Thursday, May 06, 2010

Book Review: The Sabbath World

I'm old enough to remember the days of the Texas Blue Laws when only essential services were available on Sundays. My father, who grew up a hard-core Presbyterian, discouraged anything but church-going, reading and hanging around the house on Sundays. I remember my aunt (his sister) visiting one time and being surprised that he frowned on card-playing on the Sabbath.

That's all changed, now. Hobby Lobby and Chik-fil-A are the only businesses in our area that routinely close on Sunday as a matter of principle. Still, the habits of my youth linger, and I try to avoid shopping on Sundays and fuss at El Jefe for working on that day at home if its not absolutely necessary (my definition, not his!).

Therefore, I was intrigued to read Judith Shulevitz's The Sabbath World: Glimpses of a Different Order of Time when I saw a mention of it somewhere. After finishing it, I was glad that I had to order a hard copy instead of my usual Kindle e-book (not available) because it is a book that I want to keep in my library.

The Sabbath World is not just a religious or theological examination of the meaning of sabbath, although it is that as well. Shulevitz skillfully weaves her own experiences with the concept growing up Jewish and now leading her own Jewish household with erudite discussions of the sociological and psychological effect of keeping sabbath on the individual and the community as well as how sabbath has affected the meaning of time itself.

One of the profound insights of the book is how Sabbath encourages the growth of community among those who practice it. Another is that the practice of Sabbath is not necessarily connected with religious faith--something the author struggles with herself as she describes the theme of her book as her ambivalence toward Sabbath-keeping.

The "social morality of time" is another theme of the book. Shulevitz explains that although we think of time as being mathematically neutral, the fight of the labor movement for shorter days and workweeks illustrates this concept. Shulevitz concludes that we are always "recalibrating our feelings towards our friends" based on how long they have kept us waiting. " If other people's use of our time isn't the object of infinitesimal ethical calculation, I don't know what is."

The Sabbath World is well-written and full of fascinating material about sabbath and sabbath-keeping in history, religion and culture. Although the writer is Jewish, she writes knowledgeably about New Testament ideas of Sabbath and its place in Christianity. I confess that I skimmed through some of the denser psychological sections, but I am sure that material would be interesting to other readers.


Mary Beth said...

Fascinating...I will be looking out for this.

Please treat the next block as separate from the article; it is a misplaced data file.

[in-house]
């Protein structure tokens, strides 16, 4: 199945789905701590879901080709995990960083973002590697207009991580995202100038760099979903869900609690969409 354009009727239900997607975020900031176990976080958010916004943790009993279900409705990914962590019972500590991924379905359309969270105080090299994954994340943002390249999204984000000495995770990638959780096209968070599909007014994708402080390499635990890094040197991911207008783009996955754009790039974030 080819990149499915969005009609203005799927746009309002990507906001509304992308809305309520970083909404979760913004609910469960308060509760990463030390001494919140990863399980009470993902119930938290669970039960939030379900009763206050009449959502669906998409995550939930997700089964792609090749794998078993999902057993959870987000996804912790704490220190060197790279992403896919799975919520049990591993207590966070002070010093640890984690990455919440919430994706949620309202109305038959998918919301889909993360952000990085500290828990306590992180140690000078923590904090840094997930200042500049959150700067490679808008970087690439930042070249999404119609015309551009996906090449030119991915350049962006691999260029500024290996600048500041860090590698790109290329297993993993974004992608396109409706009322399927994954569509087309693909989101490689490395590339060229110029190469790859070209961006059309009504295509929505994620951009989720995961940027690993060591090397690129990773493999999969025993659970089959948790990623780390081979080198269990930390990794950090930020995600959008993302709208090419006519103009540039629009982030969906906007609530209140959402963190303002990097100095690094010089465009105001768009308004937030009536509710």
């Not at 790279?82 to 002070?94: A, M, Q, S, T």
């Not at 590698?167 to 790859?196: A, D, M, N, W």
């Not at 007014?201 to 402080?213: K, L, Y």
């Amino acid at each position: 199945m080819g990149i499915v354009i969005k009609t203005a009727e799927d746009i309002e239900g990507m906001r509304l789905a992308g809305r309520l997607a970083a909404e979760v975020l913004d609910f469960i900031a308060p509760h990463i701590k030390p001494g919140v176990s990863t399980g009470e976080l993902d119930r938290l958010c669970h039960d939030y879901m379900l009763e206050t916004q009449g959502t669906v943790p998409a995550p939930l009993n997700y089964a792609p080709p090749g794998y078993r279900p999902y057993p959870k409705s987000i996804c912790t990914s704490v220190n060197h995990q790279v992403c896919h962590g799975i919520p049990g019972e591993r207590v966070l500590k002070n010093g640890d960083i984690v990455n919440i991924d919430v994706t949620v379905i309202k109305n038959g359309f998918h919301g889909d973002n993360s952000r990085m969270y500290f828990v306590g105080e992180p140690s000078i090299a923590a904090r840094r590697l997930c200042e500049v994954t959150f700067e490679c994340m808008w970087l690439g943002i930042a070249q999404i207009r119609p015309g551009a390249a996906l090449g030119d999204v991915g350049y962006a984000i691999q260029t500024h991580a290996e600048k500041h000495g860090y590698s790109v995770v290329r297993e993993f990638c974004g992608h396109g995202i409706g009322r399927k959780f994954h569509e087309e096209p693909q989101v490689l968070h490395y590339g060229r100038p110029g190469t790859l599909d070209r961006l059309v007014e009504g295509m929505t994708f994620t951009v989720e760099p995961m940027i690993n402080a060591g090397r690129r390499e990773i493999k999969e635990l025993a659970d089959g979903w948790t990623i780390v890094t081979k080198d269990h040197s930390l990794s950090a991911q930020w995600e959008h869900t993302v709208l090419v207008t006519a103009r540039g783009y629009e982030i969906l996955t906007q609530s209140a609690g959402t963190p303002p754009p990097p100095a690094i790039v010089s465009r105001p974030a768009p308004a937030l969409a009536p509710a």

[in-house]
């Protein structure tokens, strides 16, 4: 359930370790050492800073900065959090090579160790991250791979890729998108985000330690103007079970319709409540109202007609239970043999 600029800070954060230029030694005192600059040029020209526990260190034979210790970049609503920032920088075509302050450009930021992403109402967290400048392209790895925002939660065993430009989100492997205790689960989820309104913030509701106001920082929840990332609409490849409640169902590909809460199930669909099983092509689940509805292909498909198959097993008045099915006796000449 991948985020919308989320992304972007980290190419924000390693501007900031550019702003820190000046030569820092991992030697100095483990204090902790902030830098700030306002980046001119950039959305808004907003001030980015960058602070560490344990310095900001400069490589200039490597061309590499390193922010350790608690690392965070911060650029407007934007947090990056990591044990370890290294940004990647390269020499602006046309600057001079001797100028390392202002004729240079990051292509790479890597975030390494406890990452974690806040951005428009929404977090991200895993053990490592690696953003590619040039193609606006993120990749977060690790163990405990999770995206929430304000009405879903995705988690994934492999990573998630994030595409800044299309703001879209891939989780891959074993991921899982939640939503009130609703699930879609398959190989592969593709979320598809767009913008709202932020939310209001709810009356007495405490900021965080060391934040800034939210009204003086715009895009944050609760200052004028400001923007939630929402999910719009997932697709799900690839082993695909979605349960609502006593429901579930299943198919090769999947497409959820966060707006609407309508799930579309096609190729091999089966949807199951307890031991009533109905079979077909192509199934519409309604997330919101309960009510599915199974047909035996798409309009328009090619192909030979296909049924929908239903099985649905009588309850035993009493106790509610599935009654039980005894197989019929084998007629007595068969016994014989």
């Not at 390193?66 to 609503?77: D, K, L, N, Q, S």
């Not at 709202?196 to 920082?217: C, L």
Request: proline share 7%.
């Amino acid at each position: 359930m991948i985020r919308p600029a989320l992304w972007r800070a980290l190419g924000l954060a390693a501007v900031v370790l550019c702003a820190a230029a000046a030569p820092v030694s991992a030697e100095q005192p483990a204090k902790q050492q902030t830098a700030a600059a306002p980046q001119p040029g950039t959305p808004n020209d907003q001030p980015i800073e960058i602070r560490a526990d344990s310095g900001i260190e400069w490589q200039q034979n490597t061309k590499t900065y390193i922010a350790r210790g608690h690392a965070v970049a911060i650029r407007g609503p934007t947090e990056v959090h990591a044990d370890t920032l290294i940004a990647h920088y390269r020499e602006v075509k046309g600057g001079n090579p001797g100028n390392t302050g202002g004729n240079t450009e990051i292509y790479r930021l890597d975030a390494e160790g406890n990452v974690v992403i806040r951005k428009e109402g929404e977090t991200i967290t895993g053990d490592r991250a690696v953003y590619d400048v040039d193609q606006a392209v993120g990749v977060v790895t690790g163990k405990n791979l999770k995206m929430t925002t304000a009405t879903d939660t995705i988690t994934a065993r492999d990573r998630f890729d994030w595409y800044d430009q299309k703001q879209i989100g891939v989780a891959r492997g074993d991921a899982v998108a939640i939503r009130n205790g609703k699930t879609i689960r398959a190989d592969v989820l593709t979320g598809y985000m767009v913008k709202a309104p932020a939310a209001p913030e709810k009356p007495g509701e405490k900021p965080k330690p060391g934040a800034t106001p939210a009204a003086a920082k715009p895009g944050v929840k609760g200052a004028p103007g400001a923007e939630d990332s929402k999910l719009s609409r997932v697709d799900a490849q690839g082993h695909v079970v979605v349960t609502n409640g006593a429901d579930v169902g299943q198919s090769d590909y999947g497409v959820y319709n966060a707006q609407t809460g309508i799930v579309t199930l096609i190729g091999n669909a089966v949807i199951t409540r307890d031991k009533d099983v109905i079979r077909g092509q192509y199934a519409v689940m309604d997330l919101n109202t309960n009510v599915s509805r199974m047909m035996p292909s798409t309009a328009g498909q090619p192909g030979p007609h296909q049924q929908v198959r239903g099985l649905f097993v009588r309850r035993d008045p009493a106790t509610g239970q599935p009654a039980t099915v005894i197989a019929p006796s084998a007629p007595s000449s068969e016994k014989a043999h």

I remember the Blue Laws too, and it's sad how easily we slipped out of that. We used to come home from church and read the newspapers together (remember when Houston had both the Post and the Chronicle!?) A sense that there was nothing more important to do. I miss it.

Elaine said...

For most of my adult life I have had a rule that I do no work on Saturday. Work is defined as anything I don't want to do. Obviously, I do make some exceptions -- but not many. I picked Saturday, because if I have to get up, shower, put on makeup and decent clothes for church -- Sunday is already shot. I am always surprised how unusual that is, at how many people have no real space of rest in their week.

Viola Larson said...

The book sounds like one I would like to read. Although my family was nominally Christian we observed not working on Sunday, church or no church. I remember my sister relating the story of telling the lady she worked for that she would not help with the ironing on Sunday because, well, it was Sunday. But we did play. And don't laugh but a hot game of poker that I often won was often played on Sunday night.

Robin said...

When I was teaching in the Jewish school, I went over to do some work one Saturday and accidentally set off the alarm system, which per protocol buzzed at the police station and fire department and resulted in a call from one of them to the principal's home. On Monday I apologized for interrupting his day and he looked completely baffled. "We would never answer the phone on Shabbos," he said. "Even if the building were burning down?" I asked. "How would we know, and what could we do?" he shrugged.

I would hazard a guess that, per God's idea, those folks accomplished a tremendous amount on the other six days precisely BECAUSE they took the 7th one entirely for God. Not that that was the motivation -- but it all worked out.